Getting Infrastructure Priorities Right in Post-Conflict Reconstruction
In this paper, an attempt is made to identify some key challenges for infrastructure sectors in post-conflict reconstruction. In spite of the Hague and Geneva Conventions, infrastructure can be damaged in conflicts, and reconstructing infrastructure is often essential to sustain recovery. Conflicts erode governance institutions, weaken public expenditure management systems, and increase transaction costs making it difficult for principals to monitor their agents. Infrastructure includes both â€˜hardâ€™ and â€˜softâ€™ assets of societies and the rebuilding of social institutions and capacity of communities is as crucial as reconstructing roads and bridges. A framework is developed here for assessing alternative infrastructure policies for their impact on three key dimensions of (i) governance and state rebuilding, (ii) conflict prevention and peace, and (iii) poverty reduction. Drawing upon evidence from evaluation studies including Afghanistan, Bosnia-Herzegovina, Croatia, East Timor and Rwanda, a number of policy tensions and action points for policymaking in infrastructure sectors in post-conflict contexts are identified. [Research Paper No. 2005/42]
References listed on IDEAS
Please report citation or reference errors to , or , if you are the registered author of the cited work, log in to your RePEc Author Service profile, click on "citations" and make appropriate adjustments.:
- Hazel Jean L. Malapit & Tina S. Clemente & Cristina Yunzal, 2003. "Does violent conflict make chronic poverty more likely? the Mindanao experience," Philippine Review of Economics, University of the Philippines School of Economics and Philippine Economic Society, vol. 40(2), pages 31-58, December.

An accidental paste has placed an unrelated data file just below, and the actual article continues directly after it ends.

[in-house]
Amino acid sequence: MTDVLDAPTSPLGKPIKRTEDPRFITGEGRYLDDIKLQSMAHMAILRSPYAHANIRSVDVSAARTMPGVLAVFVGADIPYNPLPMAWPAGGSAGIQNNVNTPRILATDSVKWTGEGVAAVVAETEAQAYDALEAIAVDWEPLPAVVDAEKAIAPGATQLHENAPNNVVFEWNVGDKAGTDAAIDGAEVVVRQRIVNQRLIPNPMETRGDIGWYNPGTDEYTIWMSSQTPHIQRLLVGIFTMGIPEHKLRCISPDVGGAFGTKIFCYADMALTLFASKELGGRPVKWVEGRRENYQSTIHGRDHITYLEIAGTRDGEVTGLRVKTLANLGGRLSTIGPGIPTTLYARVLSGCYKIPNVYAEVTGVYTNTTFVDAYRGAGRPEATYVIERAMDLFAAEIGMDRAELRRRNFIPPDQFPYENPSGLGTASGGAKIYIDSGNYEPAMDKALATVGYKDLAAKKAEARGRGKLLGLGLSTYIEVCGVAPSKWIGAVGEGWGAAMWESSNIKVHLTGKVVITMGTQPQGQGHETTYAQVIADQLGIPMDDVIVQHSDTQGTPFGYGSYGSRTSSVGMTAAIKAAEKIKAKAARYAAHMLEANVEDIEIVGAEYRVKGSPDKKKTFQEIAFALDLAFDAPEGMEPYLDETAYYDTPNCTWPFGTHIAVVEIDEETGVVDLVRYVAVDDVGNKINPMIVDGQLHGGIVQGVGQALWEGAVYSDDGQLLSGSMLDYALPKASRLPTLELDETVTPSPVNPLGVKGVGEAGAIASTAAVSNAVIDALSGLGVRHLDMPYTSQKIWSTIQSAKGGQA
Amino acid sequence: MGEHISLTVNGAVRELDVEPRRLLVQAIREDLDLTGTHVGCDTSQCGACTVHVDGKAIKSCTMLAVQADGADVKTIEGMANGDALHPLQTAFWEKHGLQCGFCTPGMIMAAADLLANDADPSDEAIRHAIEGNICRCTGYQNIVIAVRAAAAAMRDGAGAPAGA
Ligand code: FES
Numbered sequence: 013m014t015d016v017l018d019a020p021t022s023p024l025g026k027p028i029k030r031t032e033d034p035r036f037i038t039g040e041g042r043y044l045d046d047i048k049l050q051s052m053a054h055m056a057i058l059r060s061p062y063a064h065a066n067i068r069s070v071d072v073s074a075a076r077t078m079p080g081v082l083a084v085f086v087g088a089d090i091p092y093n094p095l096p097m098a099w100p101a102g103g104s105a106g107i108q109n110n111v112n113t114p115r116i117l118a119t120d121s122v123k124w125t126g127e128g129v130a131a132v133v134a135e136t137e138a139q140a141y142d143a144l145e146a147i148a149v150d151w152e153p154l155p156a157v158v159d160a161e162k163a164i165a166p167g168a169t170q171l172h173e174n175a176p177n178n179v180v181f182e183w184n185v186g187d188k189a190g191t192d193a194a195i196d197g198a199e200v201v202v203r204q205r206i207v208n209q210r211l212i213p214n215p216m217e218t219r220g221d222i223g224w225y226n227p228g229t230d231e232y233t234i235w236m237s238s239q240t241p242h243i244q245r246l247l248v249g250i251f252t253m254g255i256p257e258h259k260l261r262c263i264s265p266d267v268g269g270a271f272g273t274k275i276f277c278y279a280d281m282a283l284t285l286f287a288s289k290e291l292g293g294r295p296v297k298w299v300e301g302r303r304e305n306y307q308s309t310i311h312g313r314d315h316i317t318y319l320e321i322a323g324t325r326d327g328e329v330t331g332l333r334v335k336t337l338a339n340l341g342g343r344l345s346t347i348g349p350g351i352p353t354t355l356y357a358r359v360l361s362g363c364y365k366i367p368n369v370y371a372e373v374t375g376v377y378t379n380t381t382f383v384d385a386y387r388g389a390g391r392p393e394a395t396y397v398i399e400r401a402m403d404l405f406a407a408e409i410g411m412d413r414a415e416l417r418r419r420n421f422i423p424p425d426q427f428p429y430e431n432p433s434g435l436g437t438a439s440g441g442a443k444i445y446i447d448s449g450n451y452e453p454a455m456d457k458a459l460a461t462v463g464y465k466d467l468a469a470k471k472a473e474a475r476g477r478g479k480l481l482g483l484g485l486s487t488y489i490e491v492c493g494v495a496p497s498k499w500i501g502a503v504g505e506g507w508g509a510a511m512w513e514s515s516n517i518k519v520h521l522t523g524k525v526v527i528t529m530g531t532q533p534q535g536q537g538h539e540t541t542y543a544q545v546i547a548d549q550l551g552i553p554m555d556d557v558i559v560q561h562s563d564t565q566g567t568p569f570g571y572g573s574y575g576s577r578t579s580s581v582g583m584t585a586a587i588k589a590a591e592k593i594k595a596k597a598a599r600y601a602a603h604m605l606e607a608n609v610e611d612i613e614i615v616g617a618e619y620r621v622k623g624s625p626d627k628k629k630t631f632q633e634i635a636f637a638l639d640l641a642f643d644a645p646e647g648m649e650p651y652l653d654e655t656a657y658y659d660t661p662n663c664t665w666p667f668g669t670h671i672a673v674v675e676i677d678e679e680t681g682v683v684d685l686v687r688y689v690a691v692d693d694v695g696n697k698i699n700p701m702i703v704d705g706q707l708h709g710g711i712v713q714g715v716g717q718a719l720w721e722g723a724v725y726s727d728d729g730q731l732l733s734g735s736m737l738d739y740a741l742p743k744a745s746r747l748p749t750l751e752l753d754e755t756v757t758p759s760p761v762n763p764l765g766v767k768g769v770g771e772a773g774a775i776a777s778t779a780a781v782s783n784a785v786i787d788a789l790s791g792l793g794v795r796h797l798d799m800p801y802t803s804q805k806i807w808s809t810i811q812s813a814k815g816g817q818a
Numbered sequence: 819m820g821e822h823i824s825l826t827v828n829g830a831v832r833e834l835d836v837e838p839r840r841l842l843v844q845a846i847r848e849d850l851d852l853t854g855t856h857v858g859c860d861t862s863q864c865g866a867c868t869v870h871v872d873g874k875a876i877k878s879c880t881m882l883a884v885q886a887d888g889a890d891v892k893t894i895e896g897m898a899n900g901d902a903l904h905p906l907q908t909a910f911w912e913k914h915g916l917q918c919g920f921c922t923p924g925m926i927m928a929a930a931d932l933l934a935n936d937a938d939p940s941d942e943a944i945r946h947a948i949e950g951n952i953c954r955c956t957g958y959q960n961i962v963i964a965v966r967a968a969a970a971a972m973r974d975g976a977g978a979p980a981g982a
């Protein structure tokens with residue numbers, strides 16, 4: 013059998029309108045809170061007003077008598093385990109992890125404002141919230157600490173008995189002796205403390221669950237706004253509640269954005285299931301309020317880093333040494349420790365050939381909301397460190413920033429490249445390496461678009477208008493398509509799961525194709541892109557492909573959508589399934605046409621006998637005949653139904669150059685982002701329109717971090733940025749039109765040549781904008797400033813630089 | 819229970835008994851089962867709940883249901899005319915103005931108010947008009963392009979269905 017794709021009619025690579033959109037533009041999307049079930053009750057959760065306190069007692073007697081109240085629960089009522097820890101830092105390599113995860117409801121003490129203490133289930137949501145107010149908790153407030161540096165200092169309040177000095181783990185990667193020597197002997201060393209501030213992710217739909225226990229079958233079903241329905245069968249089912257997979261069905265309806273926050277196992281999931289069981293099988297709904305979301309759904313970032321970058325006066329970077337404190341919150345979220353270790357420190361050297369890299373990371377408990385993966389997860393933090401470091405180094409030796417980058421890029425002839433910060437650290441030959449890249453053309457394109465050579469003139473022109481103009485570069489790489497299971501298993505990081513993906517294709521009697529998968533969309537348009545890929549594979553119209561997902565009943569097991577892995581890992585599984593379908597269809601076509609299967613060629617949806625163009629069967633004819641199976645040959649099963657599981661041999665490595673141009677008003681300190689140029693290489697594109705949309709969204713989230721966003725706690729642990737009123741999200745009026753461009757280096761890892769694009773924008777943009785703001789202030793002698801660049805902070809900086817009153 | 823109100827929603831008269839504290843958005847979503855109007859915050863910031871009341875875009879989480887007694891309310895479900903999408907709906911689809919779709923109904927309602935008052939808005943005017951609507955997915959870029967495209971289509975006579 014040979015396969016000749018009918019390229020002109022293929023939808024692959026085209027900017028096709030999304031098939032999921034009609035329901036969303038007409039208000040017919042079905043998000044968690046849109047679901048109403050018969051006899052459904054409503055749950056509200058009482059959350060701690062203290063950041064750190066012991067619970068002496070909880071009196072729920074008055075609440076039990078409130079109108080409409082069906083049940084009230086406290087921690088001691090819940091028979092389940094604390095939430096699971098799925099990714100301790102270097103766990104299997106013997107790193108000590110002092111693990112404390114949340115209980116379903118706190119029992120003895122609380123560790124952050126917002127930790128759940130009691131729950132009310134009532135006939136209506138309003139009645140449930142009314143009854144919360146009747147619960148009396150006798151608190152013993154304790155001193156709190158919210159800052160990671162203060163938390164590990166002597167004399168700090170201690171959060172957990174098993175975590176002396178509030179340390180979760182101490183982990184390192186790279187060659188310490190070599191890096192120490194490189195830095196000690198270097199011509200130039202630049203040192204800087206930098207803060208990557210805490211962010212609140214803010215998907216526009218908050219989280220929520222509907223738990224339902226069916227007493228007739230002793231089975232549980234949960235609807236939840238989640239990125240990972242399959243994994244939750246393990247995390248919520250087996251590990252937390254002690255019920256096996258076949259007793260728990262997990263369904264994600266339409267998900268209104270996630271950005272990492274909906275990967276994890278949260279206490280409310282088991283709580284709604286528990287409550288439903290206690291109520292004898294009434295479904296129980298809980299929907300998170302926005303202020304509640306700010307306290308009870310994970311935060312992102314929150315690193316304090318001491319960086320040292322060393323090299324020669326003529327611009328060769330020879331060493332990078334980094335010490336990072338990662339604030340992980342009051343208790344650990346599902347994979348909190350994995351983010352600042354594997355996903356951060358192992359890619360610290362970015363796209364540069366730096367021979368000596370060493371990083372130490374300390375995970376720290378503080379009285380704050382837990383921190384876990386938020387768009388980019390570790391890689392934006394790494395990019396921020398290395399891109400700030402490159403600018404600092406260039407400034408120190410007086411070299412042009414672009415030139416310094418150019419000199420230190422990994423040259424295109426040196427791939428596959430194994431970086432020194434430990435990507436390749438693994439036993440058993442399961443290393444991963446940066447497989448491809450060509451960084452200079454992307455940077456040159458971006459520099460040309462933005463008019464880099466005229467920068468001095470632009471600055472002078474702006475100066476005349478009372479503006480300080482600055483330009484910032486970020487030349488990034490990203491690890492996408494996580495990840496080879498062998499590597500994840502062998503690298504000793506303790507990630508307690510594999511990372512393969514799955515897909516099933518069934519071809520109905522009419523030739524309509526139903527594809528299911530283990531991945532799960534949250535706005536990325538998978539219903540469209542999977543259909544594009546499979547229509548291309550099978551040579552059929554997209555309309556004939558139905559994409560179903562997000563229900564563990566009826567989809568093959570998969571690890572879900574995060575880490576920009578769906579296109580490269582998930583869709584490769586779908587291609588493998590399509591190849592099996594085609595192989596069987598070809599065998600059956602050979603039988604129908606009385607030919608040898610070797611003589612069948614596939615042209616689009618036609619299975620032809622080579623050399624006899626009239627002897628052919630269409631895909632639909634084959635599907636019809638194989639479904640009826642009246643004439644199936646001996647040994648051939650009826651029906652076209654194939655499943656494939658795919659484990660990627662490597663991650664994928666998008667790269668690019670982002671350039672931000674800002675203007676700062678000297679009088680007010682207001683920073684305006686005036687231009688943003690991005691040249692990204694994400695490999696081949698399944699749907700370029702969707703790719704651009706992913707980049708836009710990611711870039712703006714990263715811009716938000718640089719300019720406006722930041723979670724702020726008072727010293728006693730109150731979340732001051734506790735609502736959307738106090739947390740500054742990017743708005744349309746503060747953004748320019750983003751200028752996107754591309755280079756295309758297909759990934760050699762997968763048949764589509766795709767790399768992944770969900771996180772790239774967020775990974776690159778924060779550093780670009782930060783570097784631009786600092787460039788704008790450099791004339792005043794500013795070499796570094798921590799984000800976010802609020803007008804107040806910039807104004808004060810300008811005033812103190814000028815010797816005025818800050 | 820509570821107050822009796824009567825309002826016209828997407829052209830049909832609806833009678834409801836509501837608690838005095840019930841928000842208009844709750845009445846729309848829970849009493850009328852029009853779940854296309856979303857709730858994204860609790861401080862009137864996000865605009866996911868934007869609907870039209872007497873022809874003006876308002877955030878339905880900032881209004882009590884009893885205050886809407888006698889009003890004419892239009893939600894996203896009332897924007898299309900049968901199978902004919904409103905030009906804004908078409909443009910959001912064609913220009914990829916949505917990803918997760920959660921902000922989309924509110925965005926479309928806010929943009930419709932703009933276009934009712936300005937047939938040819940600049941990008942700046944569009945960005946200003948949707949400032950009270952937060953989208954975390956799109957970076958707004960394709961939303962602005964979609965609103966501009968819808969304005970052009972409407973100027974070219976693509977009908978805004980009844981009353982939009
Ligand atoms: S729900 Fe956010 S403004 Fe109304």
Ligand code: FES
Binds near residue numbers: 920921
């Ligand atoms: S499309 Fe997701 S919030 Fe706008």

- Frances Stewart, 2003. "Conflict and the Millennium Development Goals," Journal of Human Development and Capabilities, Taylor & Francis Journals, vol. 4(3), pages 325-351.
- Paul Collier & Anke Hoeffler & MÃ¥ns SÃ¶derbom, 2004.
"On the Duration of Civil War,"
Journal of Peace Research,
Peace Research Institute Oslo, vol. 41(3), pages 253-273, May.
- Klaus Deininger, 2003. "Causes and consequences of civil strife: micro-level evidence from Uganda," Oxford Economic Papers, Oxford University Press, vol. 55(4), pages 579-606, October.
- Oecd, 2002. "Aid Responses to Afghanistan: Lessons from Previous Evaluations," OECD Journal on Development, OECD Publishing, vol. 3(3), pages 87-159.
- Paul Bennell, 2005. "The Impact of the AIDS Epidemic on Teachers in Sub-Saharan Africa," Journal of Development Studies, Taylor & Francis Journals, vol. 41(3), pages 440-466.
- Hansson, Gote, 2001. "Building New States: Lessons from Eritrea," WIDER Working Paper Series 066, World Institute for Development Economic Research (UNU-WIDER).
- S. Schiavo-Campo, 2003. "Financing and Aid Management Arrangements in Post-Conflict Settings," World Bank Other Operational Studies 11296, The World Bank.
- Collier, Paul & Hoeffler, Anke, 2002.
"Aid, policy, and growth in post-conflict societies,"
Policy Research Working Paper Series
2902, The World Bank.
- Addison, Tony (ed.), 2003. "From Conflict to Recovery in Africa," OUP Catalogue, Oxford University Press, number 9780199261031.
- Paul Collier & V. L. Elliott & Håvard Hegre & Anke Hoeffler & Marta Reynal-Querol & Nicholas Sambanis, 2003. "Breaking the Conflict Trap : Civil War and Development Policy," World Bank Publications, The World Bank, number 13938, May.
- William Easterly, 2003. "Can Foreign Aid Buy Growth?," Journal of Economic Perspectives, American Economic Association, vol. 17(3), pages 23-48, Summer.
- Deininger,Klaus W., 2003. "Causes and consequences of civil strife - micro-level evidence from Uganda," Policy Research Working Paper Series 3045, The World Bank.
When requesting a correction, please mention this item's handle: RePEc:ess:wpaper:id:3248. See general information about how to correct material in RePEc.
For technical questions regarding this item, or to correct its authors, title, abstract, bibliographic or download information, contact: (Padma Prakash)
If references are entirely missing, you can add them using this form.